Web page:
How much dicamba is required to injure soybeans?

Yesterday, I posted some photos to twitter, and have been asked to provide a little bit of context. My goal with these photos was not to “raise an alarm” – I was simply trying to provide a visual illustration of how susceptible soybean plants are to the herbicide dicamba. Recently, I published a meta-analysis of published literature on this topic. In that paper, I estimated the amount of dicamba required to cause both yield loss and visible injury symptoms. The …

Read More

Have genetically engineered herbicide-resistant crops increased or decreased herbicide use?

It’s a simple question. And at first glance it seems like there should be a simple answer to this simple question. We have planted millions of acres of genetically-engineered (GE) crops, a vast majority of which are resistant to herbicides. In the U.S., we’ve collected lots of herbicide sales and usage data, spanning the entire time period when GE herbicide-resistant crops went from non-existent to dominating the landscape. So we should be able to simply look at the herbicide data before …

Read More

Glyphosate and cancer – revisited

Recently, a jury in San Francisco, California recommended that Monsanto be forced to pay $289 million to a man who has been diagnosed with non-Hodgkin lymphoma. It was a pretty stunning result from a court case that has been watched very closely. I haven’t read the court transcripts, and I don’t know what the jury was told or what was withheld from them. And I have no desire to make accusations that either side was acting in bad faith. So …

Read More

Dicamba-Resistant Crop Timeline

Below is a non-exhaustive timeline of dicamba and dicamba-resistant soybean. I’ll add to it and update it as needed, perhaps with interesting information or current status updates. I’ve mostly put it together for my use in teaching/extension, but thought I’d post it here in case it is useful to others. 1958 Dicamba was discovered and first described. 1967 Dicamba was first registered for use under the trade name ‘Banvel’. It was widely used over the next 30 years to control …

Read More

Soybean Response to Dicamba: A Meta-Analysis

UPDATE: This article has now been published in Weed Technology. The open access, formatted and copy-edited article is available here: Kniss AR. Soybean Response to Dicamba: A Meta-Analysis. (2018) Weed Technology. 32:507-512. doi: 10.1017/wet.2018.74  Abstract. A meta-analysis of 11 previously published field studies was conducted with the objectives to 1) estimate the no observable effects dose (NOED) for dicamba on susceptible soybean; 2) evaluate available evidence for hormesis, or increased soybean yield in response to low doses of dicamba; 3) …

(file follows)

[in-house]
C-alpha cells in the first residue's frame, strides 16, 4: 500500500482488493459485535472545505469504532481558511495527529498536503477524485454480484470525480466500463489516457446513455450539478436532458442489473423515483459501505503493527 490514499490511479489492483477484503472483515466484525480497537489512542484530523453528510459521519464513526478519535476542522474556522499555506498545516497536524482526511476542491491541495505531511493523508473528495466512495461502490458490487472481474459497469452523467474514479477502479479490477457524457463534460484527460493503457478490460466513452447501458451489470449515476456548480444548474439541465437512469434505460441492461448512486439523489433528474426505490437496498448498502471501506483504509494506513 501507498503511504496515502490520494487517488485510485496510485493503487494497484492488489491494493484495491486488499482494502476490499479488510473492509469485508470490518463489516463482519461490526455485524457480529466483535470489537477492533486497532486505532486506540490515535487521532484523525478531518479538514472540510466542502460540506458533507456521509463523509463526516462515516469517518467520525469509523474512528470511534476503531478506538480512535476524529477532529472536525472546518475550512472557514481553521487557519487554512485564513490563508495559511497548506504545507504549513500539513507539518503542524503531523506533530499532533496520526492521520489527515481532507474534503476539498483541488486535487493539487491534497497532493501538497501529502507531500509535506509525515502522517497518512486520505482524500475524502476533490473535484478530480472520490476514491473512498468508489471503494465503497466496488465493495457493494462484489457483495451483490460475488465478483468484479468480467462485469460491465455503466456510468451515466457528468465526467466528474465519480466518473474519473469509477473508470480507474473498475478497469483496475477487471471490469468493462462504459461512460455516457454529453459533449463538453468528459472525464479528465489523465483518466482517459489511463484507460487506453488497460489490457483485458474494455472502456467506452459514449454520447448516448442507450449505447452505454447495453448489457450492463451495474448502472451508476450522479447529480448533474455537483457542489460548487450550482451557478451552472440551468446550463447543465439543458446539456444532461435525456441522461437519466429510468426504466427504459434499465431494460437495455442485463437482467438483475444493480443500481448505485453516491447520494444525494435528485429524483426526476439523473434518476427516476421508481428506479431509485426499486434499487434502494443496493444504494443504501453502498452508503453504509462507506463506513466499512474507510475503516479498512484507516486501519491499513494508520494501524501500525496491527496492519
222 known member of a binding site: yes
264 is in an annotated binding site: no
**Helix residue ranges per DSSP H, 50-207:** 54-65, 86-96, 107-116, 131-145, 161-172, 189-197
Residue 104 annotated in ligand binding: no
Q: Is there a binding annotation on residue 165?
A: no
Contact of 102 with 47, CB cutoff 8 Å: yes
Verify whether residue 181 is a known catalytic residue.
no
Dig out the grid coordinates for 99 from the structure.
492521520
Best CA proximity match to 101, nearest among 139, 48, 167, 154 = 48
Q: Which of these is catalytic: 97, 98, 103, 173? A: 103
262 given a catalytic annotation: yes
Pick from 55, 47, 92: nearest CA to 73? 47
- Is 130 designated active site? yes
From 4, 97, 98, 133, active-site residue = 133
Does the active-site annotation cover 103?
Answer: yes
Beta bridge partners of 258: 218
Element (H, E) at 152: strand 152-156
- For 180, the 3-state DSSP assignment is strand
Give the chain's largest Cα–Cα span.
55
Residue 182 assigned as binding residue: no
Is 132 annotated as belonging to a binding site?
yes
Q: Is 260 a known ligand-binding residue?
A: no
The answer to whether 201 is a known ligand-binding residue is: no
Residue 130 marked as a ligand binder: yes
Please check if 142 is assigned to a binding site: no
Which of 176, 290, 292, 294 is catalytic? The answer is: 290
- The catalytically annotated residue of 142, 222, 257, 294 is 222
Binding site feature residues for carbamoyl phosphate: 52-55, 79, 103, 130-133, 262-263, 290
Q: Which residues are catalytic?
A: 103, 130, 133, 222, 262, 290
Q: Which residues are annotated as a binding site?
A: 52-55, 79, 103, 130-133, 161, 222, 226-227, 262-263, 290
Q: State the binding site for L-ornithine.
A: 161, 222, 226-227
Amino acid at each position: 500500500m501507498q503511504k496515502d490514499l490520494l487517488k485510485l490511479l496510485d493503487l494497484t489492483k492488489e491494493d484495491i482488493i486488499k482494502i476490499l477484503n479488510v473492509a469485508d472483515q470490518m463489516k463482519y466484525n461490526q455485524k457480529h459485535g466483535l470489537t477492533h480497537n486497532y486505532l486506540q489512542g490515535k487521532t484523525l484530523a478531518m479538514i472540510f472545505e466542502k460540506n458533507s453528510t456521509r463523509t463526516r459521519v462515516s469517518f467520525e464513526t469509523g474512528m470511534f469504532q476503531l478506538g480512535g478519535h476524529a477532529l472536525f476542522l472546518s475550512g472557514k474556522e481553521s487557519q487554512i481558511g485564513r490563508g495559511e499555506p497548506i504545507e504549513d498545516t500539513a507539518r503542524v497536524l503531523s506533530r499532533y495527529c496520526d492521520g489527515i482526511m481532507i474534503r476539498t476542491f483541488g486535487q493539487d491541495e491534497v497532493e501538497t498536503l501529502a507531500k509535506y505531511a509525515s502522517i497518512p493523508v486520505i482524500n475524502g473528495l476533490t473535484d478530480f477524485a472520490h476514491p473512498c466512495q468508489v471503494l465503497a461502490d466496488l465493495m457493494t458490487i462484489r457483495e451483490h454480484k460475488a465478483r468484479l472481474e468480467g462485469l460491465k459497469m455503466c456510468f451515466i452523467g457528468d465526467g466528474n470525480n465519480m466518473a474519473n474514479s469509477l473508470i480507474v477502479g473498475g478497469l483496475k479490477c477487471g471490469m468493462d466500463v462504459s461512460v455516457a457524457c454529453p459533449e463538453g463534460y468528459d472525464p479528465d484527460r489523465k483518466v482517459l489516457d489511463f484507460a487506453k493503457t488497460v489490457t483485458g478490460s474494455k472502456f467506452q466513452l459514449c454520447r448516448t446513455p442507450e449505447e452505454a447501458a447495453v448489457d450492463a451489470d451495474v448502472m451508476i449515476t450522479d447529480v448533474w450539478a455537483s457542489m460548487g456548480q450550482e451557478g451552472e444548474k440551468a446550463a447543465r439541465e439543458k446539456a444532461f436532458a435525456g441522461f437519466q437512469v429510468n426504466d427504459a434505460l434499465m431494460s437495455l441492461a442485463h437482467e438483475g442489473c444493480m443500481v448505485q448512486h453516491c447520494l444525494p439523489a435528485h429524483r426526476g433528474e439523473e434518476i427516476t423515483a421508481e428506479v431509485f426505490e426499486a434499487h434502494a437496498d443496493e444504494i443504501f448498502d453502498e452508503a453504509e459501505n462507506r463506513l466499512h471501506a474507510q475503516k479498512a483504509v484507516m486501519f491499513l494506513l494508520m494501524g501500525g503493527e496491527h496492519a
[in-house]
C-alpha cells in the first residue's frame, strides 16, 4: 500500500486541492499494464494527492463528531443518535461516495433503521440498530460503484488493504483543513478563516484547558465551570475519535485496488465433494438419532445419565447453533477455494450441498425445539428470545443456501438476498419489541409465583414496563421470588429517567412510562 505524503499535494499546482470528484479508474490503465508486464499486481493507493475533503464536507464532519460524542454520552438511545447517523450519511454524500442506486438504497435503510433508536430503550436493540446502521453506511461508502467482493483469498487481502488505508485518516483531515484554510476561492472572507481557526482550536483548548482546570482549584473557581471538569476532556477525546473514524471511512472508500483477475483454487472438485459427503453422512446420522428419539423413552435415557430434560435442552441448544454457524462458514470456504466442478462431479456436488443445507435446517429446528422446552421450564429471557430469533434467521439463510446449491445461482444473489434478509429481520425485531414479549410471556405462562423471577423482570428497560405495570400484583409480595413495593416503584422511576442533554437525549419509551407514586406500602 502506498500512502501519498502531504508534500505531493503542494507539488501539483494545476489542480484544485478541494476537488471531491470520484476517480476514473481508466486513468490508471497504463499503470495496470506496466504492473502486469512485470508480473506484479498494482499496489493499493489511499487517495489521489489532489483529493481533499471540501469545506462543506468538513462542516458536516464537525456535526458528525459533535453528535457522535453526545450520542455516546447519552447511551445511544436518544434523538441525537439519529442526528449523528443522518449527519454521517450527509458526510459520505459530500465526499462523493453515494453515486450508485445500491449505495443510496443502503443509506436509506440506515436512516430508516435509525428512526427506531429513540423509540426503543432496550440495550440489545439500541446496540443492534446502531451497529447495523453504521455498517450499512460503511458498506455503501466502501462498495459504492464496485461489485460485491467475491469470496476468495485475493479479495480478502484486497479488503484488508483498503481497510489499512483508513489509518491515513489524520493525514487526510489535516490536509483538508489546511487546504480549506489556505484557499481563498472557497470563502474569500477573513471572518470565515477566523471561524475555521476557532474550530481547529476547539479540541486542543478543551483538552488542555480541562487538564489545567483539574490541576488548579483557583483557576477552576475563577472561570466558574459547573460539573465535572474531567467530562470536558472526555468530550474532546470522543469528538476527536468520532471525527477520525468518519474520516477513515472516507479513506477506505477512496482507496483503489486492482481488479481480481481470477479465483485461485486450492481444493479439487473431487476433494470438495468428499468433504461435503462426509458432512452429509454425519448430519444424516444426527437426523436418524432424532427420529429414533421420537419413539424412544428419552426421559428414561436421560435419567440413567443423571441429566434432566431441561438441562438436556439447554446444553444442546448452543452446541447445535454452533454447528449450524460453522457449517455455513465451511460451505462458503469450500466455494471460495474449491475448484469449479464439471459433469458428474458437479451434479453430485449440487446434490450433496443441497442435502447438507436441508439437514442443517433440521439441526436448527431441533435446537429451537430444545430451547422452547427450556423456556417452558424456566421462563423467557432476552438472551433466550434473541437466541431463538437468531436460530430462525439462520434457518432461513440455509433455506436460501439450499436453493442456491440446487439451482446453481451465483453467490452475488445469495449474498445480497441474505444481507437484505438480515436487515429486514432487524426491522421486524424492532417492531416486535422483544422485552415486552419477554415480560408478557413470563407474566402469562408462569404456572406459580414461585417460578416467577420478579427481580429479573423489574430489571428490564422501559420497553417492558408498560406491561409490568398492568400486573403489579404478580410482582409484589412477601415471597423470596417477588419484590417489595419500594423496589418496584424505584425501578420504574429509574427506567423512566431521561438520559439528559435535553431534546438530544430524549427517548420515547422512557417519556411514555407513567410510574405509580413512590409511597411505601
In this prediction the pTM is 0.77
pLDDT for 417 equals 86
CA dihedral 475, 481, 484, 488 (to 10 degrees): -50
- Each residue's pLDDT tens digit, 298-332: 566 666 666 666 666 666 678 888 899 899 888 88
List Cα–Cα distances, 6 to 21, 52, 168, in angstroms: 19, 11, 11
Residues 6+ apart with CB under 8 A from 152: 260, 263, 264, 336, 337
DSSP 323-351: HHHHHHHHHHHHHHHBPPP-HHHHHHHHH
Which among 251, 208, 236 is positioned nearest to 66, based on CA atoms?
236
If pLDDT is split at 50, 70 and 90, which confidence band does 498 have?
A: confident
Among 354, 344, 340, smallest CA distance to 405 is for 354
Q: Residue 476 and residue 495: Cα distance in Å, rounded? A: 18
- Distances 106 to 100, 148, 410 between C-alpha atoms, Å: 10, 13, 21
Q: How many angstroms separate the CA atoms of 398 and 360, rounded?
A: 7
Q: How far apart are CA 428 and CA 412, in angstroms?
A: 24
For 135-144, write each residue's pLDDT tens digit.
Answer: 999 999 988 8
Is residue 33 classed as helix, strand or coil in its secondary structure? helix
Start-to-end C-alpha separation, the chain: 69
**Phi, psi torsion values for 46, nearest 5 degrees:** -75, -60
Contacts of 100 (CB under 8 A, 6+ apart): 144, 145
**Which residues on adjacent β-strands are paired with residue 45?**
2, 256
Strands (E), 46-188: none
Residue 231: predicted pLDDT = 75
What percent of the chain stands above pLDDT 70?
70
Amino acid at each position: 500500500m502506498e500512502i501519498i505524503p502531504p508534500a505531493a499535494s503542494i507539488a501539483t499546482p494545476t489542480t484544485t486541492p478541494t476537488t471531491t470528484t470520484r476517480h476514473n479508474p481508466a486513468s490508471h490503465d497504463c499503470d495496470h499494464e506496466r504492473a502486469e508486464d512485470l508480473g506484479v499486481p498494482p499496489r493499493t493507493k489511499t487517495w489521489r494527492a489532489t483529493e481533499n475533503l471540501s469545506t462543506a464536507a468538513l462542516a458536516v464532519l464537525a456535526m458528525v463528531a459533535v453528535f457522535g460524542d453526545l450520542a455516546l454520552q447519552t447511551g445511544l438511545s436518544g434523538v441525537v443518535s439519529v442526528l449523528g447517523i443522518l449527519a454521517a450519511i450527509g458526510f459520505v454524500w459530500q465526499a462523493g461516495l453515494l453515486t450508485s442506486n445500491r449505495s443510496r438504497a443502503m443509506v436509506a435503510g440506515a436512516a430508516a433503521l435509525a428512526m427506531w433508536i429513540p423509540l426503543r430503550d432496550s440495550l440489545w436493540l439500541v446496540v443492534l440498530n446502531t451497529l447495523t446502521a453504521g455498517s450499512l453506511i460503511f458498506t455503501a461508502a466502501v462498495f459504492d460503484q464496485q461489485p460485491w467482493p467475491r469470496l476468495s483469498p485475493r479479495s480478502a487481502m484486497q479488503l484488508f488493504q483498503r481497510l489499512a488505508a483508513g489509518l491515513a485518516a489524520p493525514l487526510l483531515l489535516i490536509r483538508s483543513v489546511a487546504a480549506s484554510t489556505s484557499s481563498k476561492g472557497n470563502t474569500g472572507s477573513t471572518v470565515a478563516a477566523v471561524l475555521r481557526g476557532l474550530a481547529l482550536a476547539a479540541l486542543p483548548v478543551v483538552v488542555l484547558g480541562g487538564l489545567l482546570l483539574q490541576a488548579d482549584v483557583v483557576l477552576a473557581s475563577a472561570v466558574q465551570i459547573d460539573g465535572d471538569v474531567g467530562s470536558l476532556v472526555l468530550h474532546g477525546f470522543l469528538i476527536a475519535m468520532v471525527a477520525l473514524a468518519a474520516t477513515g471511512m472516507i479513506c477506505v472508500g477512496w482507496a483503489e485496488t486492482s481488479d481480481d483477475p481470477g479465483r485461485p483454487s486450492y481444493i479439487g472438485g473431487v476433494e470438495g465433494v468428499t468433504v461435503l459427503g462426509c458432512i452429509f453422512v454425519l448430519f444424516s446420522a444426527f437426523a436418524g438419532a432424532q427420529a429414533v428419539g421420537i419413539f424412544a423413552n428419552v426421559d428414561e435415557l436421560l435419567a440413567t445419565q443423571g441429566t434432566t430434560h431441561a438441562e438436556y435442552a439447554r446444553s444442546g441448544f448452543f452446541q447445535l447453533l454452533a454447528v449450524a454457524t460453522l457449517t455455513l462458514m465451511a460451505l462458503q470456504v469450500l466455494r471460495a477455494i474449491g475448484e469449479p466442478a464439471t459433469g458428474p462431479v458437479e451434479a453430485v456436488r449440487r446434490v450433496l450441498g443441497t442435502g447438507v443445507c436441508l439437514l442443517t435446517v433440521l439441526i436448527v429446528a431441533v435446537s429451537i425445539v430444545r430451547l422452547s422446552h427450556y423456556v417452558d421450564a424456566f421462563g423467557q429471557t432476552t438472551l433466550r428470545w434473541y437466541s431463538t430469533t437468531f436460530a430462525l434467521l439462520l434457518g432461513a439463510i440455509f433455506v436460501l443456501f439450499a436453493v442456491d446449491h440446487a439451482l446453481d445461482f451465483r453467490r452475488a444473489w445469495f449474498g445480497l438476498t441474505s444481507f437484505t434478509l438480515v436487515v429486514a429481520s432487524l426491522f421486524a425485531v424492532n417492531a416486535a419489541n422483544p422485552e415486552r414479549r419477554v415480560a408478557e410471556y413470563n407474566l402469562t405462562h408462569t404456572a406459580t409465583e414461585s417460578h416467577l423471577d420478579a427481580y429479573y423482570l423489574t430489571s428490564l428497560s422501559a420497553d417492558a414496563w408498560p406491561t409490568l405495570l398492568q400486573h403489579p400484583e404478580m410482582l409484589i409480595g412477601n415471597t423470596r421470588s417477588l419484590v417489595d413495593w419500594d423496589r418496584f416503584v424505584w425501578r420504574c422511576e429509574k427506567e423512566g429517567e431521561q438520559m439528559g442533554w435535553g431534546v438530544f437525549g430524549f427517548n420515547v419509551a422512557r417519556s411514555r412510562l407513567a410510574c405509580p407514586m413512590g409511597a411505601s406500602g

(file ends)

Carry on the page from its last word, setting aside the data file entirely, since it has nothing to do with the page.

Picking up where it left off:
Read More

What does a pesticide taste like?

I honestly can’t believe I just typed that title. But here we are. The notorious Gilles-Eric Seralini published a paper recently called “The Taste of Pesticides in Wines.” As a part of the study, people were asked to choose a preference between organic and conventional wines. Okay, fine. But then the participants were given glasses of water, some of which were spiked with pesticides at doses purportedly found in bottles of wine. This is bizarre on so many levels. For …

Read More

GMOs and Herbicides: it’s complicated

Herbicide use patterns in the US have changed a lot over the last 25 years. Depending on who you talk to, those changes are either proof that modern American agriculture will feed the world with fewer inputs, or proof that the US agricultural system is irreparably broken. There seems to be no middle ground in this discussion. Herbicide use is especially controversial when discussed in the context of genetically engineered crops (often called GMOs, for genetically modified organisms). The most …

Read More

The tiresome discussion of initial GMO expectations

A new article in the New York Times has questioned the benefits associated with genetically engineered crops (which I’ll call GMOs for brevity). The response to the article has been pretty predictable; folks who don’t like GMOs are circulating it to say “I told you so.” And ag-twitter has exploded with claims that the New York Times is biased against the technology. The article makes some reasonable points that GMO crops are not a ‘silver bullet’ cure all technology. But almost any …

Read More

Is the Environmental Impact Quotient (EIQ) better than nothing?

This post is probably more technical than most that I write, but it is something that I think needs to be written. I actually debated submitting a short article to a peer reviewed journal, but really didn’t want to wait the months to a year that would require before it saw the light of day. So I’m putting the nuts and bolts here, and perhaps someday I’ll submit some version of this analysis to a journal where “serious academics” can read it. …

Read More

New study confirms herbicide use changed after adoption of GMO corn and soybean 

But, once again, we are left to wonder whether that’s good or bad.  A new paper was just published in the journal Science Advances that analyzes pesticide use data for farmers in the U.S. between 1998 and 2011. The authors (Edward Perry et al.) are currently agricultural economists at four different universities (Kansas State, Virginia, Michigan State, and Iowa State). Their goal was to determine if pesticide use differed between farmers using GMO varieties and farmers who did not use GMO varieties. Overall, …

Read More